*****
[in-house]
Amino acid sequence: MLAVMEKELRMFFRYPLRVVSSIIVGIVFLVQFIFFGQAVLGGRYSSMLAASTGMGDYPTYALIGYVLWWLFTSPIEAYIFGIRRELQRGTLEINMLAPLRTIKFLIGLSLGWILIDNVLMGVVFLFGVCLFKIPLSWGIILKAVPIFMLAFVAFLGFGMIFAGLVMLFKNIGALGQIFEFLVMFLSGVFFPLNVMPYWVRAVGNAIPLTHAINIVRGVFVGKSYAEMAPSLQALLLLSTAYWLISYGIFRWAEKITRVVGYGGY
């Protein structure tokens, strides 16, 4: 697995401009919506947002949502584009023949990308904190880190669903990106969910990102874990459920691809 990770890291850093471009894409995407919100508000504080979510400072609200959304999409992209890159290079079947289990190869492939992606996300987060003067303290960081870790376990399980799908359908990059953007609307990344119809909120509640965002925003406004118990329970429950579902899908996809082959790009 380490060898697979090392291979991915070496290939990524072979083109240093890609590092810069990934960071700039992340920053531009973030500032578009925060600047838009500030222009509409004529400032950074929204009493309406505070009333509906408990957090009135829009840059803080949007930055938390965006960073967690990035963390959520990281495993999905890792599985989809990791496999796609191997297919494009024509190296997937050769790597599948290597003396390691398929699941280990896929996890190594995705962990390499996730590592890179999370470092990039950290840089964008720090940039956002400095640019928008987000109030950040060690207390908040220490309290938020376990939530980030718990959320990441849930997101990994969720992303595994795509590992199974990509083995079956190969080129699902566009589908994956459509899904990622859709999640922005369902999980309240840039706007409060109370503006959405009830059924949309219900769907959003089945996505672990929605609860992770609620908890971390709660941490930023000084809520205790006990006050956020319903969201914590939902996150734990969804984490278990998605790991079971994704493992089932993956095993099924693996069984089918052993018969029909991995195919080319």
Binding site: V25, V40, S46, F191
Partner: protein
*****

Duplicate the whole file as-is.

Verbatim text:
[in-house]
Amino acid sequence: MLAVMEKELRMFFRYPLRVVSSIIVGIVFLVQFIFFGQAVLGGRYSSMLAASTGMGDYPTYALIGYVLWWLFTSPIEAYIFGIRRELQRGTLEINMLAPLRTIKFLIGLSLGWILIDNVLMGVVFLFGVCLFKIPLSWGIILKAVPIFMLAFVAFLGFGMIFAGLVMLFKNIGALGQIFEFLVMFLSGVFFPLNVMPYWVRAVGNAIPLTHAINIVRGVFVGKSYAEMAPSLQALLLLSTAYWLISYGIFRWAEKITRVVGYGGY
């Protein structure tokens, strides 16, 4: 697995401009919506947002949502584009023949990308904190880190669903990106969910990102874990459920691809 990770890291850093471009894409995407919100508000504080979510400072609200959304999409992209890159290079079947289990190869492939992606996300987060003067303290960081870790376990399980799908359908990059953007609307990344119809909120509640965002925003406004118990329970429950579902899908996809082959790009 380490060898697979090392291979991915070496290939990524072979083109240093890609590092810069990934960071700039992340920053531009973030500032578009925060600047838009500030222009509409004529400032950074929204009493309406505070009333509906408990957090009135829009840059803080949007930055938390965006960073967690990035963390959520990281495993999905890792599985989809990791496999796609191997297919494009024509190296997937050769790597599948290597003396390691398929699941280990896929996890190594995705962990390499996730590592890179999370470092990039950290840089964008720090940039956002400095640019928008987000109030950040060690207390908040220490309290938020376990939530980030718990959320990441849930997101990994969720992303595994795509590992199974990509083995079956190969080129699902566009589908994956459509899904990622859709999640922005369902999980309240840039706007409060109370503006959405009830059924949309219900769907959003089945996505672990929605609860992770609620908890971390709660941490930023000084809520205790006990006050956020319903969201914590939902996150734990969804984490278990998605790991079971994704493992089932993956095993099924693996069984089918052993018969029909991995195919080319």
Binding site: V25, V40, S46, F191
Partner: protein